Letter: WEP Responds To ‘Boston’ Magazine Article

Wellington Equestrian Partners’ vision for Wellington has focused on creating an environment that blends horse sport with fun, family entertainment; a magical place centered around the love of horses. Whether interested in a carousel or pony ride, lessons at the riding academy, competition or as just a spectator, our goal is to provide a casual, welcoming environment for all regardless of socio-economic status. It is a unique place where diversity is celebrated and our vision is one of inclusion not exclusion. Our strategy is driven by the community, including the 12 Wellington schools that have honored us with great performances and the hundreds of community-based charities whose members regularly attend our events.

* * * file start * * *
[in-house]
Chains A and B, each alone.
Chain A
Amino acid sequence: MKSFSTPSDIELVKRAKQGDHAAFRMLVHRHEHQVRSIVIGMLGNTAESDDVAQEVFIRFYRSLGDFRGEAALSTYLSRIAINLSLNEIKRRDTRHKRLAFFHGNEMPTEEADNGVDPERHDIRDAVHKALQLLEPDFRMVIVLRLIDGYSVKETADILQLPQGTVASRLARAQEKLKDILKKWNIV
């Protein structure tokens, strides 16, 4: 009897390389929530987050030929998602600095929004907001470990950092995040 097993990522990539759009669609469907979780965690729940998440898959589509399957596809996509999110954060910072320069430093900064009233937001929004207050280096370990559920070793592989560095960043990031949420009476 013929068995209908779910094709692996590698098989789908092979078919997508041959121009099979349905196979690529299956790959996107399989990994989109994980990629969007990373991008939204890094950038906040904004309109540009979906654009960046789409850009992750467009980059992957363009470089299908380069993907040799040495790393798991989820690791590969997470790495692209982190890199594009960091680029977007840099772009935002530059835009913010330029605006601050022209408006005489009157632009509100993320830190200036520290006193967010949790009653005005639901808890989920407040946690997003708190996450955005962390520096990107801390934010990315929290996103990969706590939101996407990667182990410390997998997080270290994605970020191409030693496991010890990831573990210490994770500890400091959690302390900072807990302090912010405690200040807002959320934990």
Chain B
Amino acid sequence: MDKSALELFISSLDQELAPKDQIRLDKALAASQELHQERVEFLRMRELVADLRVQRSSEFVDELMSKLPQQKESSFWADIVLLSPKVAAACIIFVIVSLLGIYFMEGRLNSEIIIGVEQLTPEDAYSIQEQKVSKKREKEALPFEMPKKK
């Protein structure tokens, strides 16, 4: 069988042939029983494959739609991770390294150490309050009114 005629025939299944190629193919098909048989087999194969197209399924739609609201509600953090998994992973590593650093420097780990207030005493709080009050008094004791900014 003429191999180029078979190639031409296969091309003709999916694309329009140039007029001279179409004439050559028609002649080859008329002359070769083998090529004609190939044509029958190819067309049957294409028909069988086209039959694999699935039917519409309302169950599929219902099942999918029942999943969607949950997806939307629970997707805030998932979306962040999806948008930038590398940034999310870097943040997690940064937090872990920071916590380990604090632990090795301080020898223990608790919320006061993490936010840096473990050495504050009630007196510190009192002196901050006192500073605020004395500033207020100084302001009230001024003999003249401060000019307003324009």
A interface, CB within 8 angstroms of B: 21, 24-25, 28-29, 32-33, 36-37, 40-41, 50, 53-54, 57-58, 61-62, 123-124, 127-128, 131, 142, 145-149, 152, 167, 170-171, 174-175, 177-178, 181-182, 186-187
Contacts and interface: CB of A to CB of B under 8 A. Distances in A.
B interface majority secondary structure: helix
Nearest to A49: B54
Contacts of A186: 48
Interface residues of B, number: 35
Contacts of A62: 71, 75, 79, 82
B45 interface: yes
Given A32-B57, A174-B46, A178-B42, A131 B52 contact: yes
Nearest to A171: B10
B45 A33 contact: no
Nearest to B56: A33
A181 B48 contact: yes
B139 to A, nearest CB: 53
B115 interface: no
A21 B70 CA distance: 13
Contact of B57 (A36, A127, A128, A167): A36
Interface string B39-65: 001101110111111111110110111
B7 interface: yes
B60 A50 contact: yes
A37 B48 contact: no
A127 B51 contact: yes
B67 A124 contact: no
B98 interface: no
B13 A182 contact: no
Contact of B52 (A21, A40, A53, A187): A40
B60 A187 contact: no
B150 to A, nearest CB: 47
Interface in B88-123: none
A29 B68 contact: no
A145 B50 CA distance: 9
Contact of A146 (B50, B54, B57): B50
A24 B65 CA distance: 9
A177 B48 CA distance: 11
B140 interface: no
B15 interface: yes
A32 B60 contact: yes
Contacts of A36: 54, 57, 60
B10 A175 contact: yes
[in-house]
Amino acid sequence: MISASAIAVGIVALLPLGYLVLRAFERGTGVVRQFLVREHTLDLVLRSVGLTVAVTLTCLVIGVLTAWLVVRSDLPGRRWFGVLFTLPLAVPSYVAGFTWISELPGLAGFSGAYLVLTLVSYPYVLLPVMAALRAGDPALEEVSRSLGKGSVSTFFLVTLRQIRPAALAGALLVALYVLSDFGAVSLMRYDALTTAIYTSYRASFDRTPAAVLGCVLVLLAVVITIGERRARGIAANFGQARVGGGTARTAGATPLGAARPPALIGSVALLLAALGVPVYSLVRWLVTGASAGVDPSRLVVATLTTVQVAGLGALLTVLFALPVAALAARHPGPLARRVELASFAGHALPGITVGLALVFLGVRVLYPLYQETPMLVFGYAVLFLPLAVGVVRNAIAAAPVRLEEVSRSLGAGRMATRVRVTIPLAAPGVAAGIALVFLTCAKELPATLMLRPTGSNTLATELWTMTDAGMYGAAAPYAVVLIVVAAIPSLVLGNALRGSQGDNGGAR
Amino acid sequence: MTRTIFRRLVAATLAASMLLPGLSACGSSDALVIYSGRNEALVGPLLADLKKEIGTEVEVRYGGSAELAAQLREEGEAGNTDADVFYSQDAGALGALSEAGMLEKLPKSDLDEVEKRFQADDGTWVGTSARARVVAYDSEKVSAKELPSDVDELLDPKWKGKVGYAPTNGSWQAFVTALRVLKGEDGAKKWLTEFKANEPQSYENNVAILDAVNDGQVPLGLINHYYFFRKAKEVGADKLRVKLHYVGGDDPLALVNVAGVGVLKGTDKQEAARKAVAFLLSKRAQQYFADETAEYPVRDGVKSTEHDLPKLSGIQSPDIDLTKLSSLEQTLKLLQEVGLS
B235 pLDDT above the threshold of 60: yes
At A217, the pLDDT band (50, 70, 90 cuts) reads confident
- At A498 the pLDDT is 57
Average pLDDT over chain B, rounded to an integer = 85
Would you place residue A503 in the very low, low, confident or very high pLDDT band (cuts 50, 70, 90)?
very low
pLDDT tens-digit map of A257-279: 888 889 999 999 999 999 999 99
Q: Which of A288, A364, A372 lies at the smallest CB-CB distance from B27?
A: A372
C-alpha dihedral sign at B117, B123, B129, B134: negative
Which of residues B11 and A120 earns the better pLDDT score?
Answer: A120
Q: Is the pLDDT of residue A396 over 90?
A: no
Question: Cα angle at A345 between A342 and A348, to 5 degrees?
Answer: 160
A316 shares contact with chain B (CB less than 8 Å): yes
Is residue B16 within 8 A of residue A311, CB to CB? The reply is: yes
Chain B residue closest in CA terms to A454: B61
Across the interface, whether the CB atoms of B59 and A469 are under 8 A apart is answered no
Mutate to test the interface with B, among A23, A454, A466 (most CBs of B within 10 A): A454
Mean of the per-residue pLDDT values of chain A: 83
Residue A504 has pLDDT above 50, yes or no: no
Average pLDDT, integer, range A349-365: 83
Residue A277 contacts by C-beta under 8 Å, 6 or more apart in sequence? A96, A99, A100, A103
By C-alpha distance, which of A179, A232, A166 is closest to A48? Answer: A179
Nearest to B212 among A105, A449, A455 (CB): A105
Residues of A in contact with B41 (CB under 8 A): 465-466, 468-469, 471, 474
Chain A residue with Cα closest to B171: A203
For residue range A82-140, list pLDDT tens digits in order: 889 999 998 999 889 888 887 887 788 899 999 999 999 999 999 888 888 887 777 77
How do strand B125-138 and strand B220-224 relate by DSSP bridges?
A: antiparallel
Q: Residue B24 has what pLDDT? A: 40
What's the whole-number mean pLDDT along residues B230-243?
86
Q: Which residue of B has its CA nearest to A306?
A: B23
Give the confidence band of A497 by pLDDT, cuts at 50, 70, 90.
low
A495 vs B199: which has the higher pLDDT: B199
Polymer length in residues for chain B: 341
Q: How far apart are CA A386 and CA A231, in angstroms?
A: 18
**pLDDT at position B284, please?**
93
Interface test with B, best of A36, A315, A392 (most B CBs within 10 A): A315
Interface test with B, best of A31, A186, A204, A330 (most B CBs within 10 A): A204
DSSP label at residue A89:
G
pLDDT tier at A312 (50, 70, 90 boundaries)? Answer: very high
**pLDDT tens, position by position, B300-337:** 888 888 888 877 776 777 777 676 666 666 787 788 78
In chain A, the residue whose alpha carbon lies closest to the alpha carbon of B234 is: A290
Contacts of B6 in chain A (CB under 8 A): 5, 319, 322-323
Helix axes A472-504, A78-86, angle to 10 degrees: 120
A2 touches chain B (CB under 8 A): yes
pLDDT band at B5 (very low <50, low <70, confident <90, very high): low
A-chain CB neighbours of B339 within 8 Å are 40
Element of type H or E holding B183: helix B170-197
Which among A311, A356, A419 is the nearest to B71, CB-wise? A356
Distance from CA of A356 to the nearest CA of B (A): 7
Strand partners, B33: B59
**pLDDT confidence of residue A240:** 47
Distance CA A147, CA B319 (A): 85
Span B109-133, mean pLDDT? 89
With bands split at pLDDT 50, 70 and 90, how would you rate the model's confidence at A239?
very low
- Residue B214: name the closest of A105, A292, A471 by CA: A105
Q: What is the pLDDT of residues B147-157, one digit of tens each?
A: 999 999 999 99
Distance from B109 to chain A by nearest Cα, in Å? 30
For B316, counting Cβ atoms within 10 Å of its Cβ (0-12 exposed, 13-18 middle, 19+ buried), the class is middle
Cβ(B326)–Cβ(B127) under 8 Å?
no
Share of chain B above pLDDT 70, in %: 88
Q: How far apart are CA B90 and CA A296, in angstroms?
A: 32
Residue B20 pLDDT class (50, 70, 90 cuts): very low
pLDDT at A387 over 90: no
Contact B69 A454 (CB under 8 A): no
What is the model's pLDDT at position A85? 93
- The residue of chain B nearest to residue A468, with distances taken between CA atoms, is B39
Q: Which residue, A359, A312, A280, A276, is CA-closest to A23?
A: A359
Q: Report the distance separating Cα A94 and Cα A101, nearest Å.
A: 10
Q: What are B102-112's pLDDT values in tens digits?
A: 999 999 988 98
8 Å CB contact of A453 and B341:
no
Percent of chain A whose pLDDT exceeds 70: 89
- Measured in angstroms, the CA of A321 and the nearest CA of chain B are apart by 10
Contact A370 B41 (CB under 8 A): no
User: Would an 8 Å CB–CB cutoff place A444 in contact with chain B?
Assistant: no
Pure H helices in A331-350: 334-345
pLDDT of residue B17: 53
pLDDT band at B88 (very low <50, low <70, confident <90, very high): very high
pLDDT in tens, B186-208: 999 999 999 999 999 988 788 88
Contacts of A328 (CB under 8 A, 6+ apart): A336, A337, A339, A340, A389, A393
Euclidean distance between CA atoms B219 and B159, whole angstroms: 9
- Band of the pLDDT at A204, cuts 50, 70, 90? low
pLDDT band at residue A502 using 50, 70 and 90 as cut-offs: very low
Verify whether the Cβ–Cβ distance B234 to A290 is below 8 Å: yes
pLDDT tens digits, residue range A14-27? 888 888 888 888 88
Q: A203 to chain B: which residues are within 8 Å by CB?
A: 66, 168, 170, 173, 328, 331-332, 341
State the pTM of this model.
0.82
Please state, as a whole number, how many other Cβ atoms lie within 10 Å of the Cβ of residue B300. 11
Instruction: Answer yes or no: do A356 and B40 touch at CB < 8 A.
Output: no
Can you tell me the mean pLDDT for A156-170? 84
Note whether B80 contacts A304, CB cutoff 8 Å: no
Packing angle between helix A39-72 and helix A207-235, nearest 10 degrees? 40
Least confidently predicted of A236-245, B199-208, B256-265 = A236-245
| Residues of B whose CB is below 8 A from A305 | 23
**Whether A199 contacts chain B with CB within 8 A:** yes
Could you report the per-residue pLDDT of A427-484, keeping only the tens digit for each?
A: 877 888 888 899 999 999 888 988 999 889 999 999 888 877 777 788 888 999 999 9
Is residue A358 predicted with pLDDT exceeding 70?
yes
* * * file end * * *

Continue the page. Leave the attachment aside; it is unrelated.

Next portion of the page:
Comments in the article “Trouble in Paradise: Bruins Owner Jeremy Jacobs goes to War!” in the April issue of Boston magazine attributed to representatives of the Jacobs family were shocking. Mason Phelps’ comment — “This is a fairly upscale community, and we don’t need to bring the low- and middle-income hooligans into town and have them all of a sudden say, ‘Wow, good pickins’ out here.’” — is an inappropriate racist and classist comment that is not welcome in our community. I am hopeful that this is not enlightening us as to the Jacobs’ true agenda or representative of the Jacobs’ family opinions. As a United States Equestrian Foundation board member and the president of the National Horse Show, Mason should know better, and he should resign, as he has dishonored both organizations. In my opinion, Phelps’ tactics are often suspect and divisive, operating in the shadows and within blogs using pseudonyms to antagonize, insult, discredit and injure reputations for spite and money. Mason Phelps is not welcome at our private facility because he unsuccessfully and inappropriately tried to discredit the Great Charity Challenge, an organization that was co-founded by my daughter and is a passion for our family, our organization, our partners and the community at large. The GCC event has done wonderful things for this community, and his actions were shameful and misguided. Michael Whitlow, board member of the Jacobs’ Wellington Equestrian Preservation Alliance, offered this disturbing commentary: “With the circus atmosphere that’s being promoted, I think we’ve lost a certain amount of high-class dignity. I would like to see Wellington be the elite of the elites. The absolutely crème de la crème, the top of the top, as opposed to something for everybody.” Jacobs supporter Marcia Radosevich commented, “It’s a carnival; it’s not a horse show. I think it cheapens the sport.”